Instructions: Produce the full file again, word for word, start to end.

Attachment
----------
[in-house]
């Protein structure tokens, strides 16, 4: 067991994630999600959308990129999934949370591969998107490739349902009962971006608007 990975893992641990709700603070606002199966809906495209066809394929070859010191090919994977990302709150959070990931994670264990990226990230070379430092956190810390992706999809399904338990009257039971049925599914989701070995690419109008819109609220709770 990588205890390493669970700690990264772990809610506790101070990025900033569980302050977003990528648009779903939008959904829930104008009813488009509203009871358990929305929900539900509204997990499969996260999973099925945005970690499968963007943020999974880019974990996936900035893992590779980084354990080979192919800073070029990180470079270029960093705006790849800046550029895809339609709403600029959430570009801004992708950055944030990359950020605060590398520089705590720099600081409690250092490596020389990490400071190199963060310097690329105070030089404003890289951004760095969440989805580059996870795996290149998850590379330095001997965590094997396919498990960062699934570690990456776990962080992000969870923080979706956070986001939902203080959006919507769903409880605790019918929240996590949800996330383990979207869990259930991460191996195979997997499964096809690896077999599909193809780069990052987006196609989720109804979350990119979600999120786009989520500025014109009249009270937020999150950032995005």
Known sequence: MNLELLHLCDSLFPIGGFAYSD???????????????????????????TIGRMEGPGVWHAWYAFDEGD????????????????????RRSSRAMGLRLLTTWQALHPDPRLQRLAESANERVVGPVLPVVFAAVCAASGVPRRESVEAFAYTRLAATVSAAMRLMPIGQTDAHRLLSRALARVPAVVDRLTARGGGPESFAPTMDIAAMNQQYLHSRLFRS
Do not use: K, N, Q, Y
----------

[in-house]
């Protein structure tokens, strides 16, 4: 067991994630999600959308990129999934949370591969998107490739349902009962971006608007 990975893992641990709700603070606002199966809906495209066809394929070859010191090919994977990302709150959070990931994670264990990226990230070379430092956190810390992706999809399904338990009257039971049925599914989701070995690419109008819109609220709770 990588205890390493669970700690990264772990809610506790101070990025900033569980302050977003990528648009779903939008959904829930104008009813488009509203009871358990929305929900539900509204997990499969996260999973099925945005970690499968963007943020999974880019974990996936900035893992590779980084354990080979192919800073070029990180470079270029960093705006790849800046550029895809339609709403600029959430570009801004992708950055944030990359950020605060590398520089705590720099600081409690250092490596020389990490400071190199963060310097690329105070030089404003890289951004760095969440989805580059996870795996290149998850590379330095001997965590094997396919498990960062699934570690990456776990962080992000969870923080979706956070986001939902203080959006919507769903409880605790019918929240996590949800996330383990979207869990259930991460191996195979997997499964096809690896077999599909193809780069990052987006196609989720109804979350990119979600999120786009989520500025014109009249009270937020999150950032995005």
Known sequence: MNLELLHLCDSLFPIGGFAYSD???????????????????????????TIGRMEGPGVWHAWYAFDEGD????????????????????RRSSRAMGLRLLTTWQALHPDPRLQRLAESANERVVGPVLPVVFAAVCAASGVPRRESVEAFAYTRLAATVSAAMRLMPIGQTDAHRLLSRALARVPAVVDRLTARGGGPESFAPTMDIAAMNQQYLHSRLFRS
Do not use: K, N, Q, Y